“You choose to be a part of a culture,” I reminded him. “Don’t want to be a demon? Pull off the horns and get some nighteyes. These, these… ” I searched for a word to describe them. “…colleges aren’t the same. They’re more like the old gangs, split along racial lines.”

“Okay, so they’re not cultures. But they’re not gangs, either. They’re just… people.” He turned to Butler pleadingly. “There’s no need for this to turn to violence, especially so quickly. If you treat them peacefully from the start, it will go a long way.”

The Big Boss sighed. “Fine. You have a point. I will give them a chance to prove themselves reliable and safe enough, rather than just bands of criminals. But I suspect you will be disappointed.” He started shuffling through the pads on his desk. “For now, let’s get a better idea of what we’re dealing with. Where’s that list?”

I pulled out my own pad and paged through it. “Here. There aren’t too many, as is to be expected.” It had only been a day, after all. “The Kytons control metal and prefer chains. A demon named Vucarik is leading them.”

Derek looked up. “Isn’t Vucarik the guy who lasted a couple hours deaf during the MEE? He was fighting against the entire city of zombies, and he survived longer than expected.”

I nodded. “Yes, but you’re missing something important. He didn’t just survive, he was actively fighting against them. Cut through them all like so much wheat. Judging by the cameras, he only got turned when he had the bad luck to get hit by some blood.”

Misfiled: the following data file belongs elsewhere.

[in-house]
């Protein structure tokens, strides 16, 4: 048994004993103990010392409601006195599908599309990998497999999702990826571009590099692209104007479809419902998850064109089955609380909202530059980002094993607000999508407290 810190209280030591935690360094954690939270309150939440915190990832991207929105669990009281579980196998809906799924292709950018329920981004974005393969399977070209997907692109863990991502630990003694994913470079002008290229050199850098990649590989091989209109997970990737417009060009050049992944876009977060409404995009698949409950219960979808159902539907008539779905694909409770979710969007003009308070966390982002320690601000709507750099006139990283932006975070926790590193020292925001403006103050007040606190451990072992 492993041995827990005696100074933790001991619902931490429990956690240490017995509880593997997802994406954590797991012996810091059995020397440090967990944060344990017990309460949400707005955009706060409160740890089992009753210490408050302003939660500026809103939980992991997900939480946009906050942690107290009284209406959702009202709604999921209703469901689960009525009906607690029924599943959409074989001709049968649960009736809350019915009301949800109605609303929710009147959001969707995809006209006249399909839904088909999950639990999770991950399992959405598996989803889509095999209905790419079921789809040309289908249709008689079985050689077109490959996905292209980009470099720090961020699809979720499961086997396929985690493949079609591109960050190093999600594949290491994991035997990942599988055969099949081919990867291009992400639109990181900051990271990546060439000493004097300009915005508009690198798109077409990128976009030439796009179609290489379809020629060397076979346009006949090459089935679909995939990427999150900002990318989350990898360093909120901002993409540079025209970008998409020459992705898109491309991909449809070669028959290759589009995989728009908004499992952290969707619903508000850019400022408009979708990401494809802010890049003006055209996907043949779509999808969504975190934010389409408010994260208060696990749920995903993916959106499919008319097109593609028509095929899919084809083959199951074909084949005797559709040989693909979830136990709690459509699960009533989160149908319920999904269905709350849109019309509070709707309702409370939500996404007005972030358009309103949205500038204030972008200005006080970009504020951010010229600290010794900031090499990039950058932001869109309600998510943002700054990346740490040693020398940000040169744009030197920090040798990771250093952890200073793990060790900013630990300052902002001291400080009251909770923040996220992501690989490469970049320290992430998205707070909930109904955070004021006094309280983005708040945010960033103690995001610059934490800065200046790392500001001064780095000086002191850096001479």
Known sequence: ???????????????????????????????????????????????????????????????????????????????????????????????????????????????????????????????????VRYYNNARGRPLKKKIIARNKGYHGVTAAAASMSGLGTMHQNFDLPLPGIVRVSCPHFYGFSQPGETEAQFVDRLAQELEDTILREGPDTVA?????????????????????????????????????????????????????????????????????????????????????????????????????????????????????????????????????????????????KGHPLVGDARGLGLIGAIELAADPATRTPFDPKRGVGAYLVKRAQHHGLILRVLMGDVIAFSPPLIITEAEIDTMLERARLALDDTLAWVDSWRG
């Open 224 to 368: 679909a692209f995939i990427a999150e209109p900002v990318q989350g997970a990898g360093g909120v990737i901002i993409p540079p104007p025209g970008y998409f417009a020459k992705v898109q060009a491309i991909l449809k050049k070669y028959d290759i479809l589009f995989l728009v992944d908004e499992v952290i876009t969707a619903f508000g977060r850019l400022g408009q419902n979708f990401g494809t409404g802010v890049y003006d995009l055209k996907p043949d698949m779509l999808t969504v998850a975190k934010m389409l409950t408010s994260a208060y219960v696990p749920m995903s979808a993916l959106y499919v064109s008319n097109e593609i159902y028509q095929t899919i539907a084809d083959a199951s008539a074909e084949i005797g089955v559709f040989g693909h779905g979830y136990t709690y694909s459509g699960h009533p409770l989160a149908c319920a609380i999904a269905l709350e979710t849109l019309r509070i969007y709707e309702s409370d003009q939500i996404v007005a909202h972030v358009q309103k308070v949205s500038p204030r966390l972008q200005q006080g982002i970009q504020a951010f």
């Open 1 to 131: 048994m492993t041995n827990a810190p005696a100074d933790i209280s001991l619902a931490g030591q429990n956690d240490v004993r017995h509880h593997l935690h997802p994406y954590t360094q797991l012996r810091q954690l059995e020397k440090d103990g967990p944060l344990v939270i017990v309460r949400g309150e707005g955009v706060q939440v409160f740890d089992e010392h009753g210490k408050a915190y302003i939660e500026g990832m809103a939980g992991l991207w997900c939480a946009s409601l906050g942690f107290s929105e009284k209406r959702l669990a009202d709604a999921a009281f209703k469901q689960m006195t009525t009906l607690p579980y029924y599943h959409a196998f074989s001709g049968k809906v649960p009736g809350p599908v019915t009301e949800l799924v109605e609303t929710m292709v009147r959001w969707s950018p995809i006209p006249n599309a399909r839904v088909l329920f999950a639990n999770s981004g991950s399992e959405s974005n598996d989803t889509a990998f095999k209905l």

“Other than that, not much is known about him,” Butler rumbled. “Mary Christina is looking into it. He will either be a valuable ally, or a blood-crazed psychopath.”

We all knew which one he thought was more likely.

“Anyway, what else?” Derek asked as he leaned over my shoulder to read the list. I tried very hard to ignore his close proximity, but it was more difficult that I would like to admit. “…Lilitu? Lilith started one of these college things?”

“Of course not,” I snapped, more angry at myself for my reaction to his closeness than anything he’d actually done. “The word means roughly ‘female spirit.’ They have the ability to turn incorporeal for a time. And they are all women.”

He leaned back, clearly a bit confused at my unexpected aggression, but he didn’t say anything about it. “…right, okay, I guess that makes sense. They have a leader, or are they like the Nosferatu and so on?”

“They likely have a leader somewhere,” Butler said. “But for now, we don’t know who that might be. She will be a top priority once she reveals herself. With their powers, these Lilitu could be more dangerous than Elizabeth in some ways.”

Derek chuckled mirthlessly. “I doubt that. But I see your point. For the time being, we need to just take advantage of what Silk has given us.”

“The anti-power device?”

“Elizabeth’s absence.” He shook his head, smiling. “Can you imagine how difficult this would be if we still had her running around attacking people?” He frowned. “Actually, we probably should have asked how long she’d be gone.”

“Long enough, I’m guessing,” I said, thinking back on the annoyingly helpful woman. “I have a feeling Elizabeth will find her way back here a few days after we have everything stabilized. It seems like the sort of thing Silk would do.”

Derek shrugged. “Probably. It’s hard to tell. For now, our only choice is to do our best.” He poked at my pad, though he couldn’t read it from his current angle. “What’s this last one? We only have three of these colleges to worry about right now, we should know as much as possible about all of them.”

I frowned and shook my head. “I haven’t the slightest idea. They were actually the first… college, but I don’t know anything about them.” I thought about it and shrugged. “Though, in fairness, they were only founded about four hours before the others.”

“Well, considering the timeline…” Derek trailed off with a smirk.